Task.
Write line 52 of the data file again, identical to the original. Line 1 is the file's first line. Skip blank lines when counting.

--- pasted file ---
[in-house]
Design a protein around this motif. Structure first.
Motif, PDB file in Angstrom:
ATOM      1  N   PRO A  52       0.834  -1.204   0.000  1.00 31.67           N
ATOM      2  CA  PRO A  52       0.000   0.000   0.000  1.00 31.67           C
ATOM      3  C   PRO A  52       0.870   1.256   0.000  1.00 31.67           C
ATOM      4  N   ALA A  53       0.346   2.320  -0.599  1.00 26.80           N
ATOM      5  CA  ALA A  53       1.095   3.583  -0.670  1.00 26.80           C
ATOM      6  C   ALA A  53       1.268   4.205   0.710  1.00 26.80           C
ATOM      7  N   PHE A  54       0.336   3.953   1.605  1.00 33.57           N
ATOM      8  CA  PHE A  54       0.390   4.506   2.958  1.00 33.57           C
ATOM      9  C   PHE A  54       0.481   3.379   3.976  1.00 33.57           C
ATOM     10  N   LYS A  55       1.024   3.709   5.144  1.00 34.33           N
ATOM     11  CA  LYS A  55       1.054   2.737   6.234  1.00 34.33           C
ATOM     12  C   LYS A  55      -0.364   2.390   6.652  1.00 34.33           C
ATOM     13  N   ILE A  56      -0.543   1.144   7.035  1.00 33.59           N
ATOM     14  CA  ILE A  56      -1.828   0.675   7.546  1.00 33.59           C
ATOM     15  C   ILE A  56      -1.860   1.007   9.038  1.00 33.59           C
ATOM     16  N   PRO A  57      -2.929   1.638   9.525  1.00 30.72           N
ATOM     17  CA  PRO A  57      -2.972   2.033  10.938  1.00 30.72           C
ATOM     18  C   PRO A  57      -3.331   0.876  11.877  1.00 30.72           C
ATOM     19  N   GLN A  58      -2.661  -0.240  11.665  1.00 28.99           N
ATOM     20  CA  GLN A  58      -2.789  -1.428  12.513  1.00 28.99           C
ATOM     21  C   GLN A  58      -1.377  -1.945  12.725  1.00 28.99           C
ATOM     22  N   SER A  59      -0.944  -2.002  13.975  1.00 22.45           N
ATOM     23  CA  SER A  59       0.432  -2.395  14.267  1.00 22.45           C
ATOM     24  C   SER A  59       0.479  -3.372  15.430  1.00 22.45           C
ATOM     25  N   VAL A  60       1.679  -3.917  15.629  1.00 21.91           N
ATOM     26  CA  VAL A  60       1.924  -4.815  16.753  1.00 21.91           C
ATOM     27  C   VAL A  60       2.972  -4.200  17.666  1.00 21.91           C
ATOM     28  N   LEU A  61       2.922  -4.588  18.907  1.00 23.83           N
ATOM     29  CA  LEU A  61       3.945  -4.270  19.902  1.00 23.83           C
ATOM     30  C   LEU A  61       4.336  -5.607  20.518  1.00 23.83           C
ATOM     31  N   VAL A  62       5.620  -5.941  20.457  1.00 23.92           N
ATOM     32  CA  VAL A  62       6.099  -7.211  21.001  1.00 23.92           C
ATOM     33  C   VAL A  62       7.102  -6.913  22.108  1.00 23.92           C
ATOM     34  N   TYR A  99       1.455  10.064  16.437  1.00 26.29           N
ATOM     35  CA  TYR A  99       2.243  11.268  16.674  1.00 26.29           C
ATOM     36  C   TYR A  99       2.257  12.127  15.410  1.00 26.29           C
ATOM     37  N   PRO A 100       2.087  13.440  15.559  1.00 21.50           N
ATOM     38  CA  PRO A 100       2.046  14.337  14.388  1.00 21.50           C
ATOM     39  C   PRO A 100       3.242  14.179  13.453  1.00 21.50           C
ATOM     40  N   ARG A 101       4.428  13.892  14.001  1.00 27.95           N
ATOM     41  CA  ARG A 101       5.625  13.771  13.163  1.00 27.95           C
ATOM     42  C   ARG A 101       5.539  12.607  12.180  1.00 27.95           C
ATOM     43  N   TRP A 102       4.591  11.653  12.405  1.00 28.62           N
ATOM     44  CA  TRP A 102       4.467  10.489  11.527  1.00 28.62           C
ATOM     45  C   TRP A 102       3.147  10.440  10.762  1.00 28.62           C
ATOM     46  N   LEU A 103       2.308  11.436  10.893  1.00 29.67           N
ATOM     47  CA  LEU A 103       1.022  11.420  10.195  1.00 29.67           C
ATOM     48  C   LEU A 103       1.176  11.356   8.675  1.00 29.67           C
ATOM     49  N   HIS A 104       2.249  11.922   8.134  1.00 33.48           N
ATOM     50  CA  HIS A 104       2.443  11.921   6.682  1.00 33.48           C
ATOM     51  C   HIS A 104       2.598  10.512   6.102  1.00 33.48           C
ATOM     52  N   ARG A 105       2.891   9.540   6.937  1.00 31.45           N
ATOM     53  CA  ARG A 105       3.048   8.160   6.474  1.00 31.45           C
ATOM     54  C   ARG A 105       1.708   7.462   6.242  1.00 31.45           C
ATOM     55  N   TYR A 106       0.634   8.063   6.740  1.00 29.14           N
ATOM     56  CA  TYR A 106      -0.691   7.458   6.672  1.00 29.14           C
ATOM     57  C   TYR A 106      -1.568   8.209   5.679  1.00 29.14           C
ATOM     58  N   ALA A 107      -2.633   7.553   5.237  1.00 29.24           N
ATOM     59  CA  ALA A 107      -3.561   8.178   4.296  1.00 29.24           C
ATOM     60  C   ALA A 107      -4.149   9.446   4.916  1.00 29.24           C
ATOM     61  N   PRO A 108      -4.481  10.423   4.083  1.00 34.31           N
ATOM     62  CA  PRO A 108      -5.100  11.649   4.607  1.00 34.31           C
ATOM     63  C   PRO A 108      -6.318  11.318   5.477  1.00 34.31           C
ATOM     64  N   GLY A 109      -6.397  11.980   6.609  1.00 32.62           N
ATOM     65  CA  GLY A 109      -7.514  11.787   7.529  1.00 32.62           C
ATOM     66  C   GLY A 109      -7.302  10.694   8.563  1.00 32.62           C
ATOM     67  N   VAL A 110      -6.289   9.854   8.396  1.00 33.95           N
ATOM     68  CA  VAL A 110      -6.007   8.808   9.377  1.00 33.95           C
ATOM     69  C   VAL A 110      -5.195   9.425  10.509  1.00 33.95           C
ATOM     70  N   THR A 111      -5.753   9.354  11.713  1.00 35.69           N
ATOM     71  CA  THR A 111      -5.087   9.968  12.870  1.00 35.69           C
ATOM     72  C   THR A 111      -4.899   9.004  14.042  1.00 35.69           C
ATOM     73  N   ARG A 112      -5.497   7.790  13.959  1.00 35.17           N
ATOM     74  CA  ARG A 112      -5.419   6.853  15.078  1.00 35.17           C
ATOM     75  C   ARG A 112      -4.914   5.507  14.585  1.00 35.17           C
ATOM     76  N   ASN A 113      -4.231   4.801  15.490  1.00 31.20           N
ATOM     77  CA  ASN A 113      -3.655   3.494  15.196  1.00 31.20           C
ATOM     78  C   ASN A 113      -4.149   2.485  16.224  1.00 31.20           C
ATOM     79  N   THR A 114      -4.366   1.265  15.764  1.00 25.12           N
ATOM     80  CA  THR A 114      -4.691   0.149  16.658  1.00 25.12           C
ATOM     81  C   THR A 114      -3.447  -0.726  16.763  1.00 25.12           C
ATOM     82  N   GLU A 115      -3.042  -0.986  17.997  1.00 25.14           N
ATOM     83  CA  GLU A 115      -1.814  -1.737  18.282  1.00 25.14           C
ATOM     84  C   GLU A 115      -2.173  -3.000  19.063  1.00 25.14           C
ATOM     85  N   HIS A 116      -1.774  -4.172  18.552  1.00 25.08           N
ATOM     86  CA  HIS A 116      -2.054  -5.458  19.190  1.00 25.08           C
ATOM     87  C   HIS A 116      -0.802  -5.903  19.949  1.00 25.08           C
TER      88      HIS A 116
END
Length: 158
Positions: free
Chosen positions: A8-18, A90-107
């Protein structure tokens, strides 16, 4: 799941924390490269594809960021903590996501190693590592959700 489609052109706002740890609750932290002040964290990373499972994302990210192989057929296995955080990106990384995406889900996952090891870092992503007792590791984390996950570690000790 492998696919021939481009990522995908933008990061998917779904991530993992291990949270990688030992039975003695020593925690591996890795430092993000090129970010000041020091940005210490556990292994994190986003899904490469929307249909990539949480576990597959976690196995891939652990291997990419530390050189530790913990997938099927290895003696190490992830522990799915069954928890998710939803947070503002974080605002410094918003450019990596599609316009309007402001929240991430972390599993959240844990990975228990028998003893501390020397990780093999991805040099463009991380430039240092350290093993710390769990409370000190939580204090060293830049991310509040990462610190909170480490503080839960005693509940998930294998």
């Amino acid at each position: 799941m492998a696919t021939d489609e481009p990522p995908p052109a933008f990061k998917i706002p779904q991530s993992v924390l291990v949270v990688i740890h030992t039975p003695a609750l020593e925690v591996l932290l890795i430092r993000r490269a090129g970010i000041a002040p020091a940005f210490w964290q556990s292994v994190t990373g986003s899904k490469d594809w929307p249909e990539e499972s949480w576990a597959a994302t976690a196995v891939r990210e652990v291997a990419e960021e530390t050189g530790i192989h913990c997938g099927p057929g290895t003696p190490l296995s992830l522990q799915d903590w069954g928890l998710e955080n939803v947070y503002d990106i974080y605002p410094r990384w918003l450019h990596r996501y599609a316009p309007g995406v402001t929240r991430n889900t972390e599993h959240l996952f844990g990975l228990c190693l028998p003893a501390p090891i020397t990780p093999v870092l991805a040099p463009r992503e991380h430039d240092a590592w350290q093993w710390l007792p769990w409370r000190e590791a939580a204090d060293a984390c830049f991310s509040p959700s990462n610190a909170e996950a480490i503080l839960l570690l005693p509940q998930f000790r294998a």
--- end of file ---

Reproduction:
ATOM     49  N   HIS A 104       2.249  11.922   8.134  1.00 33.48           N